f the transforming power of rock has been weakened by various sets of pretenders throughout the years, the first half of Icarus Line’s Penance Soiree might just be the antidote. Luckily for those claiming the former, the second side reclaims the mantle of tired and aimless rock from such blindingly overrated acts like, say, Guns ‘n’ Roses. But Icarus rarely look to take on the territory of Guns, instead reveling in fields that Black Flag, Hot Snakes and the Stooges have cultivated.
And as evidenced by the string of stone-cold anthems that grace the opening seven songs here, Icarus Line have learned well the lessons of the past. “Caviar” is a good example: employing a swinging rhythm section overlaid with a squalling guitar attack. Lead singer Joe Cardamone wails along with the guitars, sometimes merging at the end of certain lines to great effect. On this song, in particular, he sounds like a brilliant approximation of a slightly more masculine Perry Farrell, leaving one to wonder whether this might be exactly what Strays could have been.
It’s the nine minute epic “Getting Bright at Night”, though, that is the hinge on which the album swings. It starts slowly, building up steam over its length until a triumphant climax that sees the band emerging from a cacophonic noise section to blisteringly play in unison a punishing riff. It’s obvious, yes. And it’s also the best thing here.
Unfortunately, being the high-point of the album, it’s inclusion as the centerpiece of the album leaves the following six songs acting as a twenty-minute denouement. The group does its best to keep up interest: “White Devil” is all crawling king snake blues, “Meatmaker” is self-conscious repetition and effects processing for its own sake and “Seasick” finds the group indulging in some 4AD-inflected rock replete with what sounds like a drum machine.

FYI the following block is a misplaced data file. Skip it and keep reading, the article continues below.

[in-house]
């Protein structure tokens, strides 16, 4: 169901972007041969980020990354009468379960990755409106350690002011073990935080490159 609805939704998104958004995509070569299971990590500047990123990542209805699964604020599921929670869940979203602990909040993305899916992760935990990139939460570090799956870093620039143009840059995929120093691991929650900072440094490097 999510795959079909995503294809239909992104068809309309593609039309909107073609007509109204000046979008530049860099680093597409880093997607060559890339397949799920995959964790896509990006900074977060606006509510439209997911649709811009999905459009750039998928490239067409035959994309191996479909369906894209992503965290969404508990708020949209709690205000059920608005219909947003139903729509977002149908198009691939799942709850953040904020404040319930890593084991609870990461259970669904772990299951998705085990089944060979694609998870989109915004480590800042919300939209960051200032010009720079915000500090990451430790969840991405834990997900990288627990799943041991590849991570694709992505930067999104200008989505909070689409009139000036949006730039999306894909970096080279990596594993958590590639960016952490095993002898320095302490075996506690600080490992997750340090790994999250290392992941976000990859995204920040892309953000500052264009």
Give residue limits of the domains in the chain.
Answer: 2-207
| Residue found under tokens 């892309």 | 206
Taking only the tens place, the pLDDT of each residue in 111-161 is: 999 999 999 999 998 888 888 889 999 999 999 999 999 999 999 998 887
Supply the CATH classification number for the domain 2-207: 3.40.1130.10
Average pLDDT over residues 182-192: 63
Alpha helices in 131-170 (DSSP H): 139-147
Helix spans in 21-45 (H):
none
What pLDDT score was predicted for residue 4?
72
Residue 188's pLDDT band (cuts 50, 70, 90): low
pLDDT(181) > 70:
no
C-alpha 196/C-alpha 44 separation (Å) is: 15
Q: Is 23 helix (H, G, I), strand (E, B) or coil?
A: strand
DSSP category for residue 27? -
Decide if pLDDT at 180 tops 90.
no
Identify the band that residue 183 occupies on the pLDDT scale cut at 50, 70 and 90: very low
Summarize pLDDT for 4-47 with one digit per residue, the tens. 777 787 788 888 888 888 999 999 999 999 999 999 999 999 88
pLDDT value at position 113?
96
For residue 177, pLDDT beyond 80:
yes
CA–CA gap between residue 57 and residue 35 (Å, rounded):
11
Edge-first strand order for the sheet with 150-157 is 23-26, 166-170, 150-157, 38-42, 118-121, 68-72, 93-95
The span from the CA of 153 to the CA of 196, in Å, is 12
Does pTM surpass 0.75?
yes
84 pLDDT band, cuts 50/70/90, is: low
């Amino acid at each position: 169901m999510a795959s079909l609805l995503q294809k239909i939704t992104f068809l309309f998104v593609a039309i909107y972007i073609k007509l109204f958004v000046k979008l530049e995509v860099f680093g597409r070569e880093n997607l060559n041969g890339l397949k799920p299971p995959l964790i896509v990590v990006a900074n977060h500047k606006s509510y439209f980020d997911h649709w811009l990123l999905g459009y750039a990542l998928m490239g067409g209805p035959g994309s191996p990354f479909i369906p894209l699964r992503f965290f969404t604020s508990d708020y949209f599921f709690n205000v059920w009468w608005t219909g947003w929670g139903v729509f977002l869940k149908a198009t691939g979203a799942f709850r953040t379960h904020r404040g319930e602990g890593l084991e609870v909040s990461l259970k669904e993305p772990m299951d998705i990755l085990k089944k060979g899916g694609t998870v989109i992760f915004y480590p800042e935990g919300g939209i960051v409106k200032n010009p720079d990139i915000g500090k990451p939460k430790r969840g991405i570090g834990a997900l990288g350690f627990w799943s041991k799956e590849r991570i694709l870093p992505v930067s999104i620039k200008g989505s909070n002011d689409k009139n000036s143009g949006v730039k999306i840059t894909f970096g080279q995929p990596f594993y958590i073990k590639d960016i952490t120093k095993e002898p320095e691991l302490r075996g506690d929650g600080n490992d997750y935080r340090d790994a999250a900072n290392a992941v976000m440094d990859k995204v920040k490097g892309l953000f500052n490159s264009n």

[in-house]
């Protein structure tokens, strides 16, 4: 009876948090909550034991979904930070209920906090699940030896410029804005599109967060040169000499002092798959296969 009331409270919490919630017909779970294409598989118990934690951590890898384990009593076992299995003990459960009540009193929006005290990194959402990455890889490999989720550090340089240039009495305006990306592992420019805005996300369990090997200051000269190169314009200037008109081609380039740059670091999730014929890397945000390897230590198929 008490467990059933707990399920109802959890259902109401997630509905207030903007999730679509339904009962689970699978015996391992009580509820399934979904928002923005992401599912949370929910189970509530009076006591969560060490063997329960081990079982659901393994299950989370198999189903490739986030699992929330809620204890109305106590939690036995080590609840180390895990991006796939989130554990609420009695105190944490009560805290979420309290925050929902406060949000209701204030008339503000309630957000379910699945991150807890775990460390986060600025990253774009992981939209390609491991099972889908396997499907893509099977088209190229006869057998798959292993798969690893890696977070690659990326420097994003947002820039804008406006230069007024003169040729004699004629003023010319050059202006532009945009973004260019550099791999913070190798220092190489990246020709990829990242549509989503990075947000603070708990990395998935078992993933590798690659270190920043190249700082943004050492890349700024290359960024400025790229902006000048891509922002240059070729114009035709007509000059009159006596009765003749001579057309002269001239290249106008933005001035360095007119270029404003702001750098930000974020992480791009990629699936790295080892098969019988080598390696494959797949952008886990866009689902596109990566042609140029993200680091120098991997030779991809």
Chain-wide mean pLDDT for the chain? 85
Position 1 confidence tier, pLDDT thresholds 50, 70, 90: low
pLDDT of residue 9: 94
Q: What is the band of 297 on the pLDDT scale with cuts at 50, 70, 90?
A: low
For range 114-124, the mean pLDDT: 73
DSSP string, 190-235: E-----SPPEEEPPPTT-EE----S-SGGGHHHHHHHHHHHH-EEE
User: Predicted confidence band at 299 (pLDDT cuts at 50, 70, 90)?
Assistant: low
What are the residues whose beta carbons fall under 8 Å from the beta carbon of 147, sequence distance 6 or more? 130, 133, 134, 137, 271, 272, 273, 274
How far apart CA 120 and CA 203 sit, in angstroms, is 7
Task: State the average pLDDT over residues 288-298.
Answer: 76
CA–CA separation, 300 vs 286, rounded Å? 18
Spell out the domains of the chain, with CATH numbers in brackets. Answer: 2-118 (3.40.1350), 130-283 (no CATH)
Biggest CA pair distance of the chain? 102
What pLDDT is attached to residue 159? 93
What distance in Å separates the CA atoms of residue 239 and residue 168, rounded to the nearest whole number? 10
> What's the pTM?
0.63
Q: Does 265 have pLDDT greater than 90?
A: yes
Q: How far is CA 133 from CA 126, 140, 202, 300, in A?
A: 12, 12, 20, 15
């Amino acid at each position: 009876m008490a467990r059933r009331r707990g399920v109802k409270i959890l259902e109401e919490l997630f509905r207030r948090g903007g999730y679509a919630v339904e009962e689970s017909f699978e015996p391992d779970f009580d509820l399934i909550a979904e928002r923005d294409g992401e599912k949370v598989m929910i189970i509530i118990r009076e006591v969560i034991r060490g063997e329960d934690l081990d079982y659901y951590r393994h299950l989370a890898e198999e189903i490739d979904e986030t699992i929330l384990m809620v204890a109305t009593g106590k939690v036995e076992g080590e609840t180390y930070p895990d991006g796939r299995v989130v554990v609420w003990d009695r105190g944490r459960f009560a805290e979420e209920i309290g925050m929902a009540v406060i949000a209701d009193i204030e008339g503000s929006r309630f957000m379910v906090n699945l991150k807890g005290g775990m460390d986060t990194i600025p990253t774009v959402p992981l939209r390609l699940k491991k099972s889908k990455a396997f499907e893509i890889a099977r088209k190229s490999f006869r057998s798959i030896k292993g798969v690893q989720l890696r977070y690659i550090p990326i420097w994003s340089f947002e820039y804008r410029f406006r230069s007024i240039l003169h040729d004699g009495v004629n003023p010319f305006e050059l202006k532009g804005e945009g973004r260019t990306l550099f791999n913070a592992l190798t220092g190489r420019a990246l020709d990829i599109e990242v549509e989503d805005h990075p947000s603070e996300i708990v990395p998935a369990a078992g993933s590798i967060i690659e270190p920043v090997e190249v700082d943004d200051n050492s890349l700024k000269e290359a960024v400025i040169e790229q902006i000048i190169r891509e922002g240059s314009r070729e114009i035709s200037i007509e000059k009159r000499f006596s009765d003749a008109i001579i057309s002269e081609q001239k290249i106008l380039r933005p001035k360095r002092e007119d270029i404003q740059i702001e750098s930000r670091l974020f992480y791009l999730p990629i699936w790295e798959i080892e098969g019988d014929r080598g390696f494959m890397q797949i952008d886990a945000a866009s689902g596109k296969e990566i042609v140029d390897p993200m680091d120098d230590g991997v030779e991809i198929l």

But perhaps “Party the Baby Off” encapsulates the second side of the record the best. The song is a two-and-a-half minute rip of the Strokes. The lyrics are much clearer (no self-imposed obfuscation here, Cardamone definitely wants you to know that you need to take off your clothes), but the music acts in the same ways as much of the second side: an Icarus Line take on (fill in the blank). If the original and inspiring Icarus Line take on itself had been continued from the beginning or, better yet, the record had been shortened, we’d have a masterpiece on our hands. As it is, a much better outing than Mono and a brilliant song in “Getting Bright at Night”. Can’t ask for much more than that.